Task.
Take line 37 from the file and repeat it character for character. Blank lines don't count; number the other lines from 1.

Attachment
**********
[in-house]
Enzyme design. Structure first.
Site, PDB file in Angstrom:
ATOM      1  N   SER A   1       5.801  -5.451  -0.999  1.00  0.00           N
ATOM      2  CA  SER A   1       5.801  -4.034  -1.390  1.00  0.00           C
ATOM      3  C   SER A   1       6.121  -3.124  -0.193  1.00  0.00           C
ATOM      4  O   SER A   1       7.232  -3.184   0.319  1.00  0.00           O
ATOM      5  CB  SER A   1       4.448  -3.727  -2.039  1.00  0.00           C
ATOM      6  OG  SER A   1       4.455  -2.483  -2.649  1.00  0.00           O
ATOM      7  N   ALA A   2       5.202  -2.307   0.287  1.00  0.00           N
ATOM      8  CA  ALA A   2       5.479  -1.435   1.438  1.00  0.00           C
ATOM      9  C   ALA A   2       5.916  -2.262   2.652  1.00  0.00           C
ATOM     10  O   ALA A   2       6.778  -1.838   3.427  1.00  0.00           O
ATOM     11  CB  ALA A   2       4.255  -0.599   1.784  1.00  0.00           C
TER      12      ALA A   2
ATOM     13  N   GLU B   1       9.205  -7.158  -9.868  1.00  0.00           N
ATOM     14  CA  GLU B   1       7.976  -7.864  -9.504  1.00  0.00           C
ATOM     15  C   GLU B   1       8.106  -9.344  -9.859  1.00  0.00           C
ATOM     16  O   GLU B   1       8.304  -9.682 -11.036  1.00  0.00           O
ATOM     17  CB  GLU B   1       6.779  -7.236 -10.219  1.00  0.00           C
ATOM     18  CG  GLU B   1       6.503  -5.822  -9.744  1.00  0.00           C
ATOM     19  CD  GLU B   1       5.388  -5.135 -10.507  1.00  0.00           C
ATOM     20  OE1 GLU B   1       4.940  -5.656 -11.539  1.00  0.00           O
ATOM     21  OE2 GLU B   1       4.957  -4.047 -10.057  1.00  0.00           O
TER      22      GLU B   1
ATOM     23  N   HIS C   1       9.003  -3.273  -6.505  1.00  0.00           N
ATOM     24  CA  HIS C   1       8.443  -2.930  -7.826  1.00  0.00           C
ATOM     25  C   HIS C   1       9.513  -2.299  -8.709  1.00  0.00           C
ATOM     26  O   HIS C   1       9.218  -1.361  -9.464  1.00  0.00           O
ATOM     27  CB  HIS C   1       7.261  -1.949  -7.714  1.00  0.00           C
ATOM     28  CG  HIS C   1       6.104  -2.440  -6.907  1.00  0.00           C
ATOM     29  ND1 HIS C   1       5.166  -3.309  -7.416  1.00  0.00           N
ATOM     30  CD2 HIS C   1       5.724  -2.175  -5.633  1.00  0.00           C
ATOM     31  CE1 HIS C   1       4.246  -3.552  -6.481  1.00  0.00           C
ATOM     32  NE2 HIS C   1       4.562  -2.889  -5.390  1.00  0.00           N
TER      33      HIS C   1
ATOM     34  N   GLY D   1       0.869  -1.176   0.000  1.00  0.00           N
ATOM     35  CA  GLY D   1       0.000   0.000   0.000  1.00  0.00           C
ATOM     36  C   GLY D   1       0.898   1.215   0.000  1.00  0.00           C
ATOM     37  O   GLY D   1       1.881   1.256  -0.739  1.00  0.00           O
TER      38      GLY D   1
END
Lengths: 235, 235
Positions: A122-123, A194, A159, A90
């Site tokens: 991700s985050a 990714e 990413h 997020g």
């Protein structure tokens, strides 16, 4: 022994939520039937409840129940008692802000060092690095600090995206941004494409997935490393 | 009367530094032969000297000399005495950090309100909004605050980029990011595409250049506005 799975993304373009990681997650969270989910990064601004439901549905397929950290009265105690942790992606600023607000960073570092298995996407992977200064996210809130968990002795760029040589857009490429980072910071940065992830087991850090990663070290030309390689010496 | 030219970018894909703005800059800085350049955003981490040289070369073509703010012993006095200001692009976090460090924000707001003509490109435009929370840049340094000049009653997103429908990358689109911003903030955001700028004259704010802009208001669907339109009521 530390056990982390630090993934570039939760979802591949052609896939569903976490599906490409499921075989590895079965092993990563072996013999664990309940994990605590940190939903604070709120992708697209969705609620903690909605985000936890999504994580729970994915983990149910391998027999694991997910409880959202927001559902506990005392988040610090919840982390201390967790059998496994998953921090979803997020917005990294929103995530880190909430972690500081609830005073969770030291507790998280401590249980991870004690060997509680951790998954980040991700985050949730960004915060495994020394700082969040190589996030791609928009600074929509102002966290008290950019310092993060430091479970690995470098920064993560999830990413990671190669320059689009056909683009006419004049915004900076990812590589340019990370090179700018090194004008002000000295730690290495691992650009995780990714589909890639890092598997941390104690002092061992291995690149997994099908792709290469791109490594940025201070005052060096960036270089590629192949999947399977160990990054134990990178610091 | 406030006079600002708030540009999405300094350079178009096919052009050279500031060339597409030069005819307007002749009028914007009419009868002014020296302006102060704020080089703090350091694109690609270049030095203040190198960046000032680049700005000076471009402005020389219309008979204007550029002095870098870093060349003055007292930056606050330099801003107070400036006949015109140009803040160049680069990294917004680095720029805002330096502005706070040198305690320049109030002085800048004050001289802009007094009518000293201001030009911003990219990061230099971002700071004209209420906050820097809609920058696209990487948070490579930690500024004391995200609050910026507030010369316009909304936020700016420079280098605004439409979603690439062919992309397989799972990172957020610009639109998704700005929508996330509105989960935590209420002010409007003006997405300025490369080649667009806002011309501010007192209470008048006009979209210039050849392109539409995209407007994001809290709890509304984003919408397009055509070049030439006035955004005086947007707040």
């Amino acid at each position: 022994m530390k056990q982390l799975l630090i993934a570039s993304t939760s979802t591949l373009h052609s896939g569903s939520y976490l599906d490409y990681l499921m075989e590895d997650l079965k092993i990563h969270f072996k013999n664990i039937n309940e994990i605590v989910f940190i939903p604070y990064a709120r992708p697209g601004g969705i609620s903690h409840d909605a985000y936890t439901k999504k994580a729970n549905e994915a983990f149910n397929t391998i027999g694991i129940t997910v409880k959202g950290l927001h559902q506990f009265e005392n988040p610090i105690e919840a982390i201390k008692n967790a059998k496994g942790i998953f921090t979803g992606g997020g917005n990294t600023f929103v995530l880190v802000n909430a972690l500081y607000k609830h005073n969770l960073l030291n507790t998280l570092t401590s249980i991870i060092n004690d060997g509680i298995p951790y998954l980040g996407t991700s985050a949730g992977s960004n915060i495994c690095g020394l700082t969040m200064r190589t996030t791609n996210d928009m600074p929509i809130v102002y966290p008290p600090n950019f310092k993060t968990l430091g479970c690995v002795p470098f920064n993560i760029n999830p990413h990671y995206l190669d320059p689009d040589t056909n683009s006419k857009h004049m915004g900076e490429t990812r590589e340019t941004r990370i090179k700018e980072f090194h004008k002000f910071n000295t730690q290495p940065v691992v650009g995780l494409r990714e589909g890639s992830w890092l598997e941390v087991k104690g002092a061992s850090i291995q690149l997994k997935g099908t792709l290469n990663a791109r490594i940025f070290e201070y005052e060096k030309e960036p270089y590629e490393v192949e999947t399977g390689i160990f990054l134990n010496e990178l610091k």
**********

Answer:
ATOM     34  N   GLY D   1       0.869  -1.176   0.000  1.00  0.00           N